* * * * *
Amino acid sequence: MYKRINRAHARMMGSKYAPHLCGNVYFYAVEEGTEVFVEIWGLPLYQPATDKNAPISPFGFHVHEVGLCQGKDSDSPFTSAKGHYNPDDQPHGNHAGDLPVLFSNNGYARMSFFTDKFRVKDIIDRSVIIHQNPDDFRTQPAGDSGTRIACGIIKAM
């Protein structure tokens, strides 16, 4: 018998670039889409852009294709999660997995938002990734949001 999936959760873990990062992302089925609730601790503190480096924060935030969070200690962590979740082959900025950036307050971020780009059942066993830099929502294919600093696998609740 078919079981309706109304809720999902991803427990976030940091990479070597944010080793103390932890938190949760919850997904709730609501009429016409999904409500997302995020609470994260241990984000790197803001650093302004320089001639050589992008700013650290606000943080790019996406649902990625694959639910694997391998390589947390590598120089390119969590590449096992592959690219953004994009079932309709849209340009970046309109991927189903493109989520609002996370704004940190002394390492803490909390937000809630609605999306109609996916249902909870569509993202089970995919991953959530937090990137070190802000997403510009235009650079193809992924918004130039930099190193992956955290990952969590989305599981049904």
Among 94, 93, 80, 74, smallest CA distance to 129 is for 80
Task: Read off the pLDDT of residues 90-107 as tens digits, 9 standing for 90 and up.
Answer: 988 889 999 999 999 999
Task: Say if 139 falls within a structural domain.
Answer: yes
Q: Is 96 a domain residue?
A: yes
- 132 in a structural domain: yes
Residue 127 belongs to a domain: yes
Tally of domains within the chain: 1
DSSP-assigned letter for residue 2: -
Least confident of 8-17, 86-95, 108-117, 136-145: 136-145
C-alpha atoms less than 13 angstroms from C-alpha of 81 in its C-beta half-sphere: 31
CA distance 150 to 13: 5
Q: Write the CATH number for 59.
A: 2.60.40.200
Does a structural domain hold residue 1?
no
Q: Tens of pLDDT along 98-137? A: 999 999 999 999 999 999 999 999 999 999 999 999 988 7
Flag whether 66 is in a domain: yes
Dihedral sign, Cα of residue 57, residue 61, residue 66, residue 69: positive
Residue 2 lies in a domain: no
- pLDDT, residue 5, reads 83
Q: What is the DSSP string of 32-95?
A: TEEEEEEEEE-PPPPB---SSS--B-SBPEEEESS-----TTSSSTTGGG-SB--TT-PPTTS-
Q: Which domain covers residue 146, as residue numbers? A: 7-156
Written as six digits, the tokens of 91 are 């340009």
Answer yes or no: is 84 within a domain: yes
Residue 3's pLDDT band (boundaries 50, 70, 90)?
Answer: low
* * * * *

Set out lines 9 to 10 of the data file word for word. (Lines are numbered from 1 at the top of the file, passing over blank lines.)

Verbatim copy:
A: yes
- 132 in a structural domain: yes